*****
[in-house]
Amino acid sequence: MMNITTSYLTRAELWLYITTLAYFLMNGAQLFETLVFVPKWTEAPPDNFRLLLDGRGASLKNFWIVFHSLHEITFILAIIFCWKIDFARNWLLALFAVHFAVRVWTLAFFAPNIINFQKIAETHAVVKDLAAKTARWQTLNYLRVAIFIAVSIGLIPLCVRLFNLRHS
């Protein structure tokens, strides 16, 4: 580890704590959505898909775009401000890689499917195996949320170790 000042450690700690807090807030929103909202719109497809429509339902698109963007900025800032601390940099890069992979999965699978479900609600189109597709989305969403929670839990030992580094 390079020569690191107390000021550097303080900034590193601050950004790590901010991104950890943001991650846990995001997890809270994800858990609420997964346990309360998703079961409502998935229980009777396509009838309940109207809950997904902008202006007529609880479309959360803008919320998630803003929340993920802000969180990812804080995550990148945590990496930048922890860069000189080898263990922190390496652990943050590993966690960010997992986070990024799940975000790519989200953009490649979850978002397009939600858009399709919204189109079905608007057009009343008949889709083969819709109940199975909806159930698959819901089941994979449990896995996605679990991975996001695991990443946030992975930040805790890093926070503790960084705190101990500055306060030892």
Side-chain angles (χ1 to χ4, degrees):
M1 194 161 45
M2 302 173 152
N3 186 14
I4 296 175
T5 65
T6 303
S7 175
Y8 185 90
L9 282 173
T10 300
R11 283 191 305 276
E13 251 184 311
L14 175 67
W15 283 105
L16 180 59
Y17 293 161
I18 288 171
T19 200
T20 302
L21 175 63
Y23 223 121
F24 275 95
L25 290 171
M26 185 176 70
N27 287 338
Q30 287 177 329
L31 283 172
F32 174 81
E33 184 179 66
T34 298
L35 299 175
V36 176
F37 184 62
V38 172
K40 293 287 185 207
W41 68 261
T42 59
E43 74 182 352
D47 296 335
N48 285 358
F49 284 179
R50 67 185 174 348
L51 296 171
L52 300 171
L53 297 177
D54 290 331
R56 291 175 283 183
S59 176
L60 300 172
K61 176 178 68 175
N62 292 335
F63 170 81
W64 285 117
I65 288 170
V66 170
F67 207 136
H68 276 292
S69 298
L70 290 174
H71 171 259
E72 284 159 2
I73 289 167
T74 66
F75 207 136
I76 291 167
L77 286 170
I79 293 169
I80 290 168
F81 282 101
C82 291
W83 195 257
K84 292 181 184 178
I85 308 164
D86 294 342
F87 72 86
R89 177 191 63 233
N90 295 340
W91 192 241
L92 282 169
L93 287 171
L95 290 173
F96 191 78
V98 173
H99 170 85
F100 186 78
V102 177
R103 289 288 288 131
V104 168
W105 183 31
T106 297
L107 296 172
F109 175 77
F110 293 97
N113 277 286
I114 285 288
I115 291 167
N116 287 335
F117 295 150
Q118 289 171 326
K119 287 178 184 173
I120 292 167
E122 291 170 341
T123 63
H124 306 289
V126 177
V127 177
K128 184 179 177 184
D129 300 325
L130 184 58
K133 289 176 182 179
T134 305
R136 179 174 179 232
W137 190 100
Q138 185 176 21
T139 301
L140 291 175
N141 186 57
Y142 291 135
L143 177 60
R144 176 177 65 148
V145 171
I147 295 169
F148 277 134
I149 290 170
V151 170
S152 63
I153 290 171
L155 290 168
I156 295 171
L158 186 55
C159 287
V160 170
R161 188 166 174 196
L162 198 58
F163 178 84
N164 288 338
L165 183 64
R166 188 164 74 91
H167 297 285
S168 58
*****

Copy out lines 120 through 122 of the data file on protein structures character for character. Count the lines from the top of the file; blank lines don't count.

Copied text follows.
L140 291 175
N141 186 57
Y142 291 135